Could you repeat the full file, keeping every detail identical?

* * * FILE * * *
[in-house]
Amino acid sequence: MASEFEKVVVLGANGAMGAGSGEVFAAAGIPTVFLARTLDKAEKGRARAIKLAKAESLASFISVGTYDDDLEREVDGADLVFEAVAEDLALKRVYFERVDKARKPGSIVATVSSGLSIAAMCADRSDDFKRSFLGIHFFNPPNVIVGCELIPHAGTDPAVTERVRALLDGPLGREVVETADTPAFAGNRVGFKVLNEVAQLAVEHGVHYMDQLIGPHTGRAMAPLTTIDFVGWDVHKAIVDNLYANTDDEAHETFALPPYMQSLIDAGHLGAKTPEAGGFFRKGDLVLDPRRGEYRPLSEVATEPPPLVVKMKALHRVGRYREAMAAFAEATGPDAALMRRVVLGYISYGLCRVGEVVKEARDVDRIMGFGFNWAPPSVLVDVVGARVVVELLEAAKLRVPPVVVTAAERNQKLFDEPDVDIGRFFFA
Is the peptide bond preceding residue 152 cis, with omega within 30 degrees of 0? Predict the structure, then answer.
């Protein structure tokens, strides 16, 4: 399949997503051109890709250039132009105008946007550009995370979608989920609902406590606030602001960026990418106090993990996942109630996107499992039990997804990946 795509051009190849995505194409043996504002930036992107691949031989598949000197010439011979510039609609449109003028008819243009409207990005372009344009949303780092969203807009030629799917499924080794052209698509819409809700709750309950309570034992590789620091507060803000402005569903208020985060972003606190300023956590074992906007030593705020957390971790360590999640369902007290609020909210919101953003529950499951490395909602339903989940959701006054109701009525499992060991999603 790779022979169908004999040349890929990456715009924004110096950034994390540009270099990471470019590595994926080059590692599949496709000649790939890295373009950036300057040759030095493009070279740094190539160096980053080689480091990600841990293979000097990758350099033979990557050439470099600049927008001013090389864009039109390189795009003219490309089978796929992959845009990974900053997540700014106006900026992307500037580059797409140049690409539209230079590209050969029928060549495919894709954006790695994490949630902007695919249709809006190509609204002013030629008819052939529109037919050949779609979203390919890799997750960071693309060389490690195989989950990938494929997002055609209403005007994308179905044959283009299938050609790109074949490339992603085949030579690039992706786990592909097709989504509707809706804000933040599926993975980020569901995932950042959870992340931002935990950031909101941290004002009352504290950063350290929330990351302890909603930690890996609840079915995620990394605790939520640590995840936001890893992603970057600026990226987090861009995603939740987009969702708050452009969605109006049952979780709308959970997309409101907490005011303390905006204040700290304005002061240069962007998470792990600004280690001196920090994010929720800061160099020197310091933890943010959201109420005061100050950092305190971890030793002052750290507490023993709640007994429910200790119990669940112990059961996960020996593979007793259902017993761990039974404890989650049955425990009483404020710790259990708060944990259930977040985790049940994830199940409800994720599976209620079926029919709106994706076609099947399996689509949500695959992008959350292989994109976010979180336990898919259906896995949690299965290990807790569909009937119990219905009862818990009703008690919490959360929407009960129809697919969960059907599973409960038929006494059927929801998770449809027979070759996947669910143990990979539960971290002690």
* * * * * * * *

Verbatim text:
[in-house]
Amino acid sequence: MASEFEKVVVLGANGAMGAGSGEVFAAAGIPTVFLARTLDKAEKGRARAIKLAKAESLASFISVGTYDDDLEREVDGADLVFEAVAEDLALKRVYFERVDKARKPGSIVATVSSGLSIAAMCADRSDDFKRSFLGIHFFNPPNVIVGCELIPHAGTDPAVTERVRALLDGPLGREVVETADTPAFAGNRVGFKVLNEVAQLAVEHGVHYMDQLIGPHTGRAMAPLTTIDFVGWDVHKAIVDNLYANTDDEAHETFALPPYMQSLIDAGHLGAKTPEAGGFFRKGDLVLDPRRGEYRPLSEVATEPPPLVVKMKALHRVGRYREAMAAFAEATGPDAALMRRVVLGYISYGLCRVGEVVKEARDVDRIMGFGFNWAPPSVLVDVVGARVVVELLEAAKLRVPPVVVTAAERNQKLFDEPDVDIGRFFFA
Is the peptide bond preceding residue 152 cis, with omega within 30 degrees of 0? Predict the structure, then answer.
């Protein structure tokens, strides 16, 4: 399949997503051109890709250039132009105008946007550009995370979608989920609902406590606030602001960026990418106090993990996942109630996107499992039990997804990946 795509051009190849995505194409043996504002930036992107691949031989598949000197010439011979510039609609449109003028008819243009409207990005372009344009949303780092969203807009030629799917499924080794052209698509819409809700709750309950309570034992590789620091507060803000402005569903208020985060972003606190300023956590074992906007030593705020957390971790360590999640369902007290609020909210919101953003529950499951490395909602339903989940959701006054109701009525499992060991999603 790779022979169908004999040349890929990456715009924004110096950034994390540009270099990471470019590595994926080059590692599949496709000649790939890295373009950036300057040759030095493009070279740094190539160096980053080689480091990600841990293979000097990758350099033979990557050439470099600049927008001013090389864009039109390189795009003219490309089978796929992959845009990974900053997540700014106006900026992307500037580059797409140049690409539209230079590209050969029928060549495919894709954006790695994490949630902007695919249709809006190509609204002013030629008819052939529109037919050949779609979203390919890799997750960071693309060389490690195989989950990938494929997002055609209403005007994308179905044959283009299938050609790109074949490339992603085949030579690039992706786990592909097709989504509707809706804000933040599926993975980020569901995932950042959870992340931002935990950031909101941290004002009352504290950063350290929330990351302890909603930690890996609840079915995620990394605790939520640590995840936001890893992603970057600026990226987090861009995603939740987009969702708050452009969605109006049952979780709308959970997309409101907490005011303390905006204040700290304005002061240069962007998470792990600004280690001196920090994010929720800061160099020197310091933890943010959201109420005061100050950092305190971890030793002052750290507490023993709640007994429910200790119990669940112990059961996960020996593979007793259902017993761990039974404890989650049955425990009483404020710790259990708060944990259930977040985790049940994830199940409800994720599976209620079926029919709106994706076609099947399996689509949500695959992008959350292989994109976010979180336990898919259906896995949690299965290990807790569909009937119990219905009862818990009703008690919490959360929407009960129809697919969960059907599973409960038929006494059927929801998770449809027979070759996947669910143990990979539960971290002690």